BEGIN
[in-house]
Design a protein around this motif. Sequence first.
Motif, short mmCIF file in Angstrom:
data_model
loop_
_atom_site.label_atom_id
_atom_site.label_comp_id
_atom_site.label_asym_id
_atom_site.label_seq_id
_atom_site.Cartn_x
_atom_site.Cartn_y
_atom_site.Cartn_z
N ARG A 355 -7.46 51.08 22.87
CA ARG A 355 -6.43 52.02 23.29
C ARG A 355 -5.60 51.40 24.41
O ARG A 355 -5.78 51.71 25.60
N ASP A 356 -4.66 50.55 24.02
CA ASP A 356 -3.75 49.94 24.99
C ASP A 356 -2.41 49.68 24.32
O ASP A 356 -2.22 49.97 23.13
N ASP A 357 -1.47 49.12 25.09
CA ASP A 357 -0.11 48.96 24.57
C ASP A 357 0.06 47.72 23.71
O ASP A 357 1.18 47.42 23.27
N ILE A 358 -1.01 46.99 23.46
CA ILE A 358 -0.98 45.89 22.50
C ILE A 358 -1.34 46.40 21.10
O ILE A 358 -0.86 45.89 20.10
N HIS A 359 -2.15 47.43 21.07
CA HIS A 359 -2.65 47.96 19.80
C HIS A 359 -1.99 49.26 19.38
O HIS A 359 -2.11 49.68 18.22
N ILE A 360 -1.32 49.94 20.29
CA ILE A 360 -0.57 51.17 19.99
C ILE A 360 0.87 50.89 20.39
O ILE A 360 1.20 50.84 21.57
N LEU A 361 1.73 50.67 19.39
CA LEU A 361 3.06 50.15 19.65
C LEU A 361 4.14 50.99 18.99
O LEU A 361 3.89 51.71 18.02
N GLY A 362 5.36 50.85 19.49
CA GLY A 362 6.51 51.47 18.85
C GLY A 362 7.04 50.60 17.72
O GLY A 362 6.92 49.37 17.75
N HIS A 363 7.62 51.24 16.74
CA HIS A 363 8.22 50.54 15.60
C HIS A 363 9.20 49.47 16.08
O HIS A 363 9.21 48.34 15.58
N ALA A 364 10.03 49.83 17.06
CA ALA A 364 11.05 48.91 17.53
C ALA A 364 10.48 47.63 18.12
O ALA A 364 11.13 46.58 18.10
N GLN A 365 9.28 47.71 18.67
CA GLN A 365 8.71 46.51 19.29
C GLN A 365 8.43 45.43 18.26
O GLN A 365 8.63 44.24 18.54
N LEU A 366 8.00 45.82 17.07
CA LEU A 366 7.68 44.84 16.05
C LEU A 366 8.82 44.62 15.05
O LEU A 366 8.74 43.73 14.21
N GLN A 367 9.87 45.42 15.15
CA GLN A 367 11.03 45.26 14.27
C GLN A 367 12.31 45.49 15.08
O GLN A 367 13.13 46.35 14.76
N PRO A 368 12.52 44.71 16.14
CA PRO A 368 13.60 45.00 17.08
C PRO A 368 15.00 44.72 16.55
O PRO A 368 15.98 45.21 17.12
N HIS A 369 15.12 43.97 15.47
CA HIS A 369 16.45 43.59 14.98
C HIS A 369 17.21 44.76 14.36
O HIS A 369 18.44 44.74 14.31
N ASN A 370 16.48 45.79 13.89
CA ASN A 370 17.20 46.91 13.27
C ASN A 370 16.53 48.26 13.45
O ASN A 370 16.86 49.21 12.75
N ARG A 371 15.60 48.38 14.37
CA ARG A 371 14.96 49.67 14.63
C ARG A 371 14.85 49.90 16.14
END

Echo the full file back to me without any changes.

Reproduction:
[in-house]
Design a protein around this motif. Sequence first.
Motif, short mmCIF file in Angstrom:
data_model
loop_
_atom_site.label_atom_id
_atom_site.label_comp_id
_atom_site.label_asym_id
_atom_site.label_seq_id
_atom_site.Cartn_x
_atom_site.Cartn_y
_atom_site.Cartn_z
N ARG A 355 -7.46 51.08 22.87
CA ARG A 355 -6.43 52.02 23.29
C ARG A 355 -5.60 51.40 24.41
O ARG A 355 -5.78 51.71 25.60
N ASP A 356 -4.66 50.55 24.02
CA ASP A 356 -3.75 49.94 24.99
C ASP A 356 -2.41 49.68 24.32
O ASP A 356 -2.22 49.97 23.13
N ASP A 357 -1.47 49.12 25.09
CA ASP A 357 -0.11 48.96 24.57
C ASP A 357 0.06 47.72 23.71
O ASP A 357 1.18 47.42 23.27
N ILE A 358 -1.01 46.99 23.46
CA ILE A 358 -0.98 45.89 22.50
C ILE A 358 -1.34 46.40 21.10
O ILE A 358 -0.86 45.89 20.10
N HIS A 359 -2.15 47.43 21.07
CA HIS A 359 -2.65 47.96 19.80
C HIS A 359 -1.99 49.26 19.38
O HIS A 359 -2.11 49.68 18.22
N ILE A 360 -1.32 49.94 20.29
CA ILE A 360 -0.57 51.17 19.99
C ILE A 360 0.87 50.89 20.39
O ILE A 360 1.20 50.84 21.57
N LEU A 361 1.73 50.67 19.39
CA LEU A 361 3.06 50.15 19.65
C LEU A 361 4.14 50.99 18.99
O LEU A 361 3.89 51.71 18.02
N GLY A 362 5.36 50.85 19.49
CA GLY A 362 6.51 51.47 18.85
C GLY A 362 7.04 50.60 17.72
O GLY A 362 6.92 49.37 17.75
N HIS A 363 7.62 51.24 16.74
CA HIS A 363 8.22 50.54 15.60
C HIS A 363 9.20 49.47 16.08
O HIS A 363 9.21 48.34 15.58
N ALA A 364 10.03 49.83 17.06
CA ALA A 364 11.05 48.91 17.53
C ALA A 364 10.48 47.63 18.12
O ALA A 364 11.13 46.58 18.10
N GLN A 365 9.28 47.71 18.67
CA GLN A 365 8.71 46.51 19.29
C GLN A 365 8.43 45.43 18.26
O GLN A 365 8.63 44.24 18.54
N LEU A 366 8.00 45.82 17.07
CA LEU A 366 7.68 44.84 16.05
C LEU A 366 8.82 44.62 15.05
O LEU A 366 8.74 43.73 14.21
N GLN A 367 9.87 45.42 15.15
CA GLN A 367 11.03 45.26 14.27
C GLN A 367 12.31 45.49 15.08
O GLN A 367 13.13 46.35 14.76
N PRO A 368 12.52 44.71 16.14
CA PRO A 368 13.60 45.00 17.08
C PRO A 368 15.00 44.72 16.55
O PRO A 368 15.98 45.21 17.12
N HIS A 369 15.12 43.97 15.47
CA HIS A 369 16.45 43.59 14.98
C HIS A 369 17.21 44.76 14.36
O HIS A 369 18.44 44.74 14.31
N ASN A 370 16.48 45.79 13.89
CA ASN A 370 17.20 46.91 13.27
C ASN A 370 16.53 48.26 13.45
O ASN A 370 16.86 49.21 12.75
N ARG A 371 15.60 48.38 14.37
CA ARG A 371 14.96 49.67 14.63
C ARG A 371 14.85 49.90 16.14